As to why I prefer reading in an aggregator over visiting weblogs directly, I see four reasons:
1. An aggregator substitutes one discipline for many. It brings information to me when there is information to be had. I don’t need to remember to cycle through a blogroll.
2. An aggregator makes more efficient use of my time by taking over the task of polling and collecting information for me.
3. Ideas come to me in pure form and on an equal footing. Moreover they show up in a consistently readable format. My aging eyes don’t tolerate small fonts or oddly-colored backgrounds well. While there may be design asthetics I am missing, it’s a price I am willing to pay.
4. I find the juxtaposition of ideas arriving in my aggregator stimulating. It promotes serendipitous connections I would not otherwise make.
My typical practice is to scan through my aggregator in several passes. In the first pass, I quickly look for items to delete. I use a pair of bookmarklets to toggle checkboxes on or off depending on my mood and how many items are backlogged in the aggregator. If there are lots of items (> 200 say) I toggle the check boxes all on which presumes I will be deleting most items. As I scan, I click off the checkbox for items I want to come back to. Bad titles and boring leads mean an item is likely to get axed. If I miss something good, there’s usually a high probability of someone in my subscriptions list bringing it back to my attention.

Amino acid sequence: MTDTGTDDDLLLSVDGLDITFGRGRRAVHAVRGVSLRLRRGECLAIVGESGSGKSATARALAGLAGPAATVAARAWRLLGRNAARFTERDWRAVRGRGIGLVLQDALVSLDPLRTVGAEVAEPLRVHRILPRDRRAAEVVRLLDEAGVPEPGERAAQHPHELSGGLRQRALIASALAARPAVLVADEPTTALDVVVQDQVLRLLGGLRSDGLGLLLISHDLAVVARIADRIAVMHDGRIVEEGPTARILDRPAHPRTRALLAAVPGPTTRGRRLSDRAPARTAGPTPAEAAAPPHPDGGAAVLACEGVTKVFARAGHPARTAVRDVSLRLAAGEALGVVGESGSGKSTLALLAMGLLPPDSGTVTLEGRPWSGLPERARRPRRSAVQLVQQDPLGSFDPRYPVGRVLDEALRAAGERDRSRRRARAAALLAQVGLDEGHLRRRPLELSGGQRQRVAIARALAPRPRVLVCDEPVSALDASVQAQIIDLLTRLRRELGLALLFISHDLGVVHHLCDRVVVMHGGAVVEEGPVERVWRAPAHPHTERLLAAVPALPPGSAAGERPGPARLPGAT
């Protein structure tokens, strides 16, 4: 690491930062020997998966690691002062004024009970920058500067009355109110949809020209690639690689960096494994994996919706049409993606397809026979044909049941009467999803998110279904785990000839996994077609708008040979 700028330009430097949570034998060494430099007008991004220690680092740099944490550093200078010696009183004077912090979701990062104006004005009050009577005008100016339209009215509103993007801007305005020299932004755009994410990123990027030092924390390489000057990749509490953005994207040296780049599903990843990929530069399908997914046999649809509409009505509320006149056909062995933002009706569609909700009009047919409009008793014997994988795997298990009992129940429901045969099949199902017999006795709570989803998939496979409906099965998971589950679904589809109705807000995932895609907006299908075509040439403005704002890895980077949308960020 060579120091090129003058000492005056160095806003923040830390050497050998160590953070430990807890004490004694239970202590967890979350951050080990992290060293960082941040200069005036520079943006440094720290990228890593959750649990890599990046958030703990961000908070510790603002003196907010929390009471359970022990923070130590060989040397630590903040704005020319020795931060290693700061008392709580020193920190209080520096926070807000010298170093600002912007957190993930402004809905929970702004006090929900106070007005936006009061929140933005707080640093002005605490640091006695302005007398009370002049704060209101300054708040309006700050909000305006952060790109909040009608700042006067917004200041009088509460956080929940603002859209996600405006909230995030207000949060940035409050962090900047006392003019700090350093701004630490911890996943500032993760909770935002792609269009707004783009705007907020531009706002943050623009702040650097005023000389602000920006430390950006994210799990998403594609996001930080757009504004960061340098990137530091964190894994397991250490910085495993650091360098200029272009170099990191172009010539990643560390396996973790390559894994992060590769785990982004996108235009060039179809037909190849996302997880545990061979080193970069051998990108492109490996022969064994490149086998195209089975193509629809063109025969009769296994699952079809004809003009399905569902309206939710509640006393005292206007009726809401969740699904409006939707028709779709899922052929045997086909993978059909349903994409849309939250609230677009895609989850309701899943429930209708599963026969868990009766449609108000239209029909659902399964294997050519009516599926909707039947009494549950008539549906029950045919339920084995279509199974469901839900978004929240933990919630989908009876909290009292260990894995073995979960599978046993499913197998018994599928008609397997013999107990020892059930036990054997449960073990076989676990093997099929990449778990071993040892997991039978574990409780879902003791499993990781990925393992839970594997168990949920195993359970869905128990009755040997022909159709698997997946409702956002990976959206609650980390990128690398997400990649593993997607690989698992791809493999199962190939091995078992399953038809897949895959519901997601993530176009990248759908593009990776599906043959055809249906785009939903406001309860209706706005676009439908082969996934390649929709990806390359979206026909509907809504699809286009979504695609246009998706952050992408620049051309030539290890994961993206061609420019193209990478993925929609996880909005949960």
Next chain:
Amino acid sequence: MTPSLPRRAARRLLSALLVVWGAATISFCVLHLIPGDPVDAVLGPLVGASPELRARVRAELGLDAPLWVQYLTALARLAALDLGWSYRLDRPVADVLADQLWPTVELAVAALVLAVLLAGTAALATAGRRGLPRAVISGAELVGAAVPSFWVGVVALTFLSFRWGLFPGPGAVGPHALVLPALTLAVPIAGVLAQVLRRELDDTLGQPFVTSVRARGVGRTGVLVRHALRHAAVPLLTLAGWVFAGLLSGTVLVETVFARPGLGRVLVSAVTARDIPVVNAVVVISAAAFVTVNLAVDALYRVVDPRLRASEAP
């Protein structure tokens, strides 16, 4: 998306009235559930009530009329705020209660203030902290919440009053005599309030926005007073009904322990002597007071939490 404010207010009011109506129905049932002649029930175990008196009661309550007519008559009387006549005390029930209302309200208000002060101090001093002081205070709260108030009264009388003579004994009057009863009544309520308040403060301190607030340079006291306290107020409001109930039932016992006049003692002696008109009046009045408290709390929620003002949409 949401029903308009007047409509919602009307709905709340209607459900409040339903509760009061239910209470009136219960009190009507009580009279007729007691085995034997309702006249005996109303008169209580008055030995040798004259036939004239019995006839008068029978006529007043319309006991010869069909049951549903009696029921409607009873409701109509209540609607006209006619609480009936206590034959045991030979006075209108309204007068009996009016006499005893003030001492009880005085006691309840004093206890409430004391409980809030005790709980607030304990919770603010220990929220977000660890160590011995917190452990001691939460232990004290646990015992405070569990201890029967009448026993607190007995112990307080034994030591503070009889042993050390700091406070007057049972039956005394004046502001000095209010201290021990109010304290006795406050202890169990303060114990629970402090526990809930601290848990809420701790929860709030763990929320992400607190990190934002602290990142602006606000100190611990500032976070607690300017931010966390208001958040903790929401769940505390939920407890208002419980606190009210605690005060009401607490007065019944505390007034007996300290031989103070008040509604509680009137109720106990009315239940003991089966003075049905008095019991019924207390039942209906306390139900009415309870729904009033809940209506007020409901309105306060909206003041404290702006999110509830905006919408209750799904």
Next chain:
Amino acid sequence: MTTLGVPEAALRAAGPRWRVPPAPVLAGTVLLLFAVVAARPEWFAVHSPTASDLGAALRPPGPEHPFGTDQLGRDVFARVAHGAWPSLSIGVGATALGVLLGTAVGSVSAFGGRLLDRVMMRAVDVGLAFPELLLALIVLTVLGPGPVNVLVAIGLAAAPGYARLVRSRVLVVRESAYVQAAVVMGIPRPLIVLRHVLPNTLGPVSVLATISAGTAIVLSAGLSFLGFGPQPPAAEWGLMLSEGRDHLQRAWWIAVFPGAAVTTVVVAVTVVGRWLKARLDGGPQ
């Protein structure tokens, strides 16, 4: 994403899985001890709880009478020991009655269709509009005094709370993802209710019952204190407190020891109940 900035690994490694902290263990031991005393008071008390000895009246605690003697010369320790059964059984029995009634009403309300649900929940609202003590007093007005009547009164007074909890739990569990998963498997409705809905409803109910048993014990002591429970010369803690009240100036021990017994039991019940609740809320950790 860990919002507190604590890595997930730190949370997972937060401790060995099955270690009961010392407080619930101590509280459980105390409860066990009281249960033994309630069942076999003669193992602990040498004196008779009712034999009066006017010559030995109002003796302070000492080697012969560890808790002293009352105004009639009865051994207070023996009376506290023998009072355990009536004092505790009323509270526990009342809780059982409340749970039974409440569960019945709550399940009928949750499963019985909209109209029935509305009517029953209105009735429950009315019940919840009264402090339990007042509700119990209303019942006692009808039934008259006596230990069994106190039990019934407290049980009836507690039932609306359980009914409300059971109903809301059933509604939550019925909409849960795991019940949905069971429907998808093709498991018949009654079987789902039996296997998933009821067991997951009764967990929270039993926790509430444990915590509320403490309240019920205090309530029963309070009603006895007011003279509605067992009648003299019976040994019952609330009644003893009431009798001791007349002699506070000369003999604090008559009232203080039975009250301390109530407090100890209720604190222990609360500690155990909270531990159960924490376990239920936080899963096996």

In the second pass, I still tend to focus on material to eliminate based on scanning the first few sentences or paragraphs. More stuff gets deleted.
When I get down to a few dozen or so posts, I start to read more carefully. Some items I post away to categories I maintain locally strictly for my own purposes. Backup brain kinds of things.
Finally, I’m down to items I want to think about and likely comment on or use as a launching pad for my own ideas. Those might well sit in my aggregator for several days to a week, sometimes longer depending on what else I’m up to.